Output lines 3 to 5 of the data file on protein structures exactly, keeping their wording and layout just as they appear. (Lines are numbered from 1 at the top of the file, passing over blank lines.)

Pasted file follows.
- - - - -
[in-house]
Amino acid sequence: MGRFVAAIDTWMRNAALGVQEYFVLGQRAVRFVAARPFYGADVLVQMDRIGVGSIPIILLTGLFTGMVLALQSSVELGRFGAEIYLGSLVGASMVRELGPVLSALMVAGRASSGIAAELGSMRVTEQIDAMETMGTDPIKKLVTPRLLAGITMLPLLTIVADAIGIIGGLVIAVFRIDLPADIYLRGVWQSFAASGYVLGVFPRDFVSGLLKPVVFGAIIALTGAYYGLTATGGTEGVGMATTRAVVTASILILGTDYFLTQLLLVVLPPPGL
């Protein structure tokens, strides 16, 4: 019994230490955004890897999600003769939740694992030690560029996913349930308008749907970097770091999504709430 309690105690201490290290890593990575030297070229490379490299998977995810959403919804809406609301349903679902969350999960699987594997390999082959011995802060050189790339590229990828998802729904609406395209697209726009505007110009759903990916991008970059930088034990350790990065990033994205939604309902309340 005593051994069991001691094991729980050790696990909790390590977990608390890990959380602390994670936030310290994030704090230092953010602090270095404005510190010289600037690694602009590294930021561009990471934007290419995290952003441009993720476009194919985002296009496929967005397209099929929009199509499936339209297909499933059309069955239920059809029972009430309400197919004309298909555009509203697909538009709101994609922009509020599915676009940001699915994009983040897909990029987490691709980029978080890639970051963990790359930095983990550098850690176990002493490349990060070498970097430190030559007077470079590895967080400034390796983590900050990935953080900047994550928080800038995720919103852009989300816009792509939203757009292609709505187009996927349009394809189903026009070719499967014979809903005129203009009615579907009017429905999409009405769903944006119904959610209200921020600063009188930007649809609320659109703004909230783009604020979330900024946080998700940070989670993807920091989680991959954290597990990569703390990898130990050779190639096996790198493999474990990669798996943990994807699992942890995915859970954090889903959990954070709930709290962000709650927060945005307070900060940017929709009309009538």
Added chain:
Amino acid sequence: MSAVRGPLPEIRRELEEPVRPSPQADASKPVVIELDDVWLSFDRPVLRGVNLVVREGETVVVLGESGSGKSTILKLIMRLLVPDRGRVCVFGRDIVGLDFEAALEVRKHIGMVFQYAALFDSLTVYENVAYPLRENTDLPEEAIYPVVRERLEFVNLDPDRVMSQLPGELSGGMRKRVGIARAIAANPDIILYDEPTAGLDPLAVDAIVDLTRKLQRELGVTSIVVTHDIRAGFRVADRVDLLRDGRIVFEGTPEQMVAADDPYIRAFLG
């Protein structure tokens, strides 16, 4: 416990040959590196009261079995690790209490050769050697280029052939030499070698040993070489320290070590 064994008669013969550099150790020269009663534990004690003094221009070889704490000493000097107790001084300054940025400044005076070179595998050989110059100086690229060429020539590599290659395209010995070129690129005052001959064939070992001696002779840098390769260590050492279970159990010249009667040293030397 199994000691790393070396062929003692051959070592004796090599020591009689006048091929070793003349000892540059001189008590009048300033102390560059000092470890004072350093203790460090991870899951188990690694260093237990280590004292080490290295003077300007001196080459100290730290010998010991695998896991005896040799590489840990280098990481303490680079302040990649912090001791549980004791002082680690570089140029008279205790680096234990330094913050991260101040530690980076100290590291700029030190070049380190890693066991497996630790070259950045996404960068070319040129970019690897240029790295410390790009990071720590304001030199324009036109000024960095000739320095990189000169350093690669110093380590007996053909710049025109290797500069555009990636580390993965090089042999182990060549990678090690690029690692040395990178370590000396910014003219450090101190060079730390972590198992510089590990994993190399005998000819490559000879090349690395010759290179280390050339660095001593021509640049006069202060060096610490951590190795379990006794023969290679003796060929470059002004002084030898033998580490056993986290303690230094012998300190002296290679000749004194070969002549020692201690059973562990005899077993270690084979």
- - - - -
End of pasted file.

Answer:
């Protein structure tokens, strides 16, 4: 019994230490955004890897999600003769939740694992030690560029996913349930308008749907970097770091999504709430 309690105690201490290290890593990575030297070229490379490299998977995810959403919804809406609301349903679902969350999960699987594997390999082959011995802060050189790339590229990828998802729904609406395209697209726009505007110009759903990916991008970059930088034990350790990065990033994205939604309902309340 005593051994069991001691094991729980050790696990909790390590977990608390890990959380602390994670936030310290994030704090230092953010602090270095404005510190010289600037690694602009590294930021561009990471934007290419995290952003441009993720476009194919985002296009496929967005397209099929929009199509499936339209297909499933059309069955239920059809029972009430309400197919004309298909555009509203697909538009709101994609922009509020599915676009940001699915994009983040897909990029987490691709980029978080890639970051963990790359930095983990550098850690176990002493490349990060070498970097430190030559007077470079590895967080400034390796983590900050990935953080900047994550928080800038995720919103852009989300816009792509939203757009292609709505187009996927349009394809189903026009070719499967014979809903005129203009009615579907009017429905999409009405769903944006119904959610209200921020600063009188930007649809609320659109703004909230783009604020979330900024946080998700940070989670993807920091989680991959954290597990990569703390990898130990050779190639096996790198493999474990990669798996943990994807699992942890995915859970954090889903959990954070709930709290962000709650927060945005307070900060940017929709009309009538």
Added chain:
Amino acid sequence: MSAVRGPLPEIRRELEEPVRPSPQADASKPVVIELDDVWLSFDRPVLRGVNLVVREGETVVVLGESGSGKSTILKLIMRLLVPDRGRVCVFGRDIVGLDFEAALEVRKHIGMVFQYAALFDSLTVYENVAYPLRENTDLPEEAIYPVVRERLEFVNLDPDRVMSQLPGELSGGMRKRVGIARAIAANPDIILYDEPTAGLDPLAVDAIVDLTRKLQRELGVTSIVVTHDIRAGFRVADRVDLLRDGRIVFEGTPEQMVAADDPYIRAFLG